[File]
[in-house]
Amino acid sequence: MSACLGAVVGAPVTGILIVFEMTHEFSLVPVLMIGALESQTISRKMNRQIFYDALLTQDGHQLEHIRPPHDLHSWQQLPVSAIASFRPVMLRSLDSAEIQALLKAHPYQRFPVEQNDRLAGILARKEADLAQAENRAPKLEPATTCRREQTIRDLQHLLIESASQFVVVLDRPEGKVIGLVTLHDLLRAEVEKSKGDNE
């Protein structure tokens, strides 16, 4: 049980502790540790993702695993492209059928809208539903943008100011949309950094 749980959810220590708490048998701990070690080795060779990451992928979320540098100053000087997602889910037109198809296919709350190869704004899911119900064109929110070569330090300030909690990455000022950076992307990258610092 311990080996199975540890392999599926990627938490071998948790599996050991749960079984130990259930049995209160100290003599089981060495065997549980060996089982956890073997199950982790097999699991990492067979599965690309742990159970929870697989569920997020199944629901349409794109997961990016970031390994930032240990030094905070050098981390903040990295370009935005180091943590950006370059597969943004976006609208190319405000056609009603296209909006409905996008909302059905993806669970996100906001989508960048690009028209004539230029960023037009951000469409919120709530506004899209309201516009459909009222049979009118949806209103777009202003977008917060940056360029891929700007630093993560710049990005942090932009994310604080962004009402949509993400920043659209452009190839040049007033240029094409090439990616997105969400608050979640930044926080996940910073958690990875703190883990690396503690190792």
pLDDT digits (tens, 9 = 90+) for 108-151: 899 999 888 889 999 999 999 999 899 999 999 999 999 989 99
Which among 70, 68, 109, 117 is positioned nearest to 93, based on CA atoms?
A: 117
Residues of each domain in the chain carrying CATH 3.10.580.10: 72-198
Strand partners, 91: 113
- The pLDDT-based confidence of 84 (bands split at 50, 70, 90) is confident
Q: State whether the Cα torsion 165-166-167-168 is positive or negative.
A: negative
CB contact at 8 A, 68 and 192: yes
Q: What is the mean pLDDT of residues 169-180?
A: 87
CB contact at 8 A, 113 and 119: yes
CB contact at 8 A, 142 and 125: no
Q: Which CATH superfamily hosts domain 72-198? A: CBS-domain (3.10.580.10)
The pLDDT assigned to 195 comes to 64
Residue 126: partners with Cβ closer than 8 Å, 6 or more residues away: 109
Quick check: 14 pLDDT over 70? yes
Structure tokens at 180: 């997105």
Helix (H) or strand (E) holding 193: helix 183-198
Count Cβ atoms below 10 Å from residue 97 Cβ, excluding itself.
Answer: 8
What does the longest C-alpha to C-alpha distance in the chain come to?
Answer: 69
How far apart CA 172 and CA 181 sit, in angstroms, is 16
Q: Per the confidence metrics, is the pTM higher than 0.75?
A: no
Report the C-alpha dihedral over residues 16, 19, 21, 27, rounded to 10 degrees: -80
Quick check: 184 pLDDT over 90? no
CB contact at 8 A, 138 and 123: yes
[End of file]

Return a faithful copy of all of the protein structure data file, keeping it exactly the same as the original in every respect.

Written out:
[in-house]
Amino acid sequence: MSACLGAVVGAPVTGILIVFEMTHEFSLVPVLMIGALESQTISRKMNRQIFYDALLTQDGHQLEHIRPPHDLHSWQQLPVSAIASFRPVMLRSLDSAEIQALLKAHPYQRFPVEQNDRLAGILARKEADLAQAENRAPKLEPATTCRREQTIRDLQHLLIESASQFVVVLDRPEGKVIGLVTLHDLLRAEVEKSKGDNE
């Protein structure tokens, strides 16, 4: 049980502790540790993702695993492209059928809208539903943008100011949309950094 749980959810220590708490048998701990070690080795060779990451992928979320540098100053000087997602889910037109198809296919709350190869704004899911119900064109929110070569330090300030909690990455000022950076992307990258610092 311990080996199975540890392999599926990627938490071998948790599996050991749960079984130990259930049995209160100290003599089981060495065997549980060996089982956890073997199950982790097999699991990492067979599965690309742990159970929870697989569920997020199944629901349409794109997961990016970031390994930032240990030094905070050098981390903040990295370009935005180091943590950006370059597969943004976006609208190319405000056609009603296209909006409905996008909302059905993806669970996100906001989508960048690009028209004539230029960023037009951000469409919120709530506004899209309201516009459909009222049979009118949806209103777009202003977008917060940056360029891929700007630093993560710049990005942090932009994310604080962004009402949509993400920043659209452009190839040049007033240029094409090439990616997105969400608050979640930044926080996940910073958690990875703190883990690396503690190792």
pLDDT digits (tens, 9 = 90+) for 108-151: 899 999 888 889 999 999 999 999 899 999 999 999 999 989 99
Which among 70, 68, 109, 117 is positioned nearest to 93, based on CA atoms?
A: 117
Residues of each domain in the chain carrying CATH 3.10.580.10: 72-198
Strand partners, 91: 113
- The pLDDT-based confidence of 84 (bands split at 50, 70, 90) is confident
Q: State whether the Cα torsion 165-166-167-168 is positive or negative.
A: negative
CB contact at 8 A, 68 and 192: yes
Q: What is the mean pLDDT of residues 169-180?
A: 87
CB contact at 8 A, 113 and 119: yes
CB contact at 8 A, 142 and 125: no
Q: Which CATH superfamily hosts domain 72-198? A: CBS-domain (3.10.580.10)
The pLDDT assigned to 195 comes to 64
Residue 126: partners with Cβ closer than 8 Å, 6 or more residues away: 109
Quick check: 14 pLDDT over 70? yes
Structure tokens at 180: 């997105």
Helix (H) or strand (E) holding 193: helix 183-198
Count Cβ atoms below 10 Å from residue 97 Cβ, excluding itself.
Answer: 8
What does the longest C-alpha to C-alpha distance in the chain come to?
Answer: 69
How far apart CA 172 and CA 181 sit, in angstroms, is 16
Q: Per the confidence metrics, is the pTM higher than 0.75?
A: no
Report the C-alpha dihedral over residues 16, 19, 21, 27, rounded to 10 degrees: -80
Quick check: 184 pLDDT over 90? no
CB contact at 8 A, 138 and 123: yes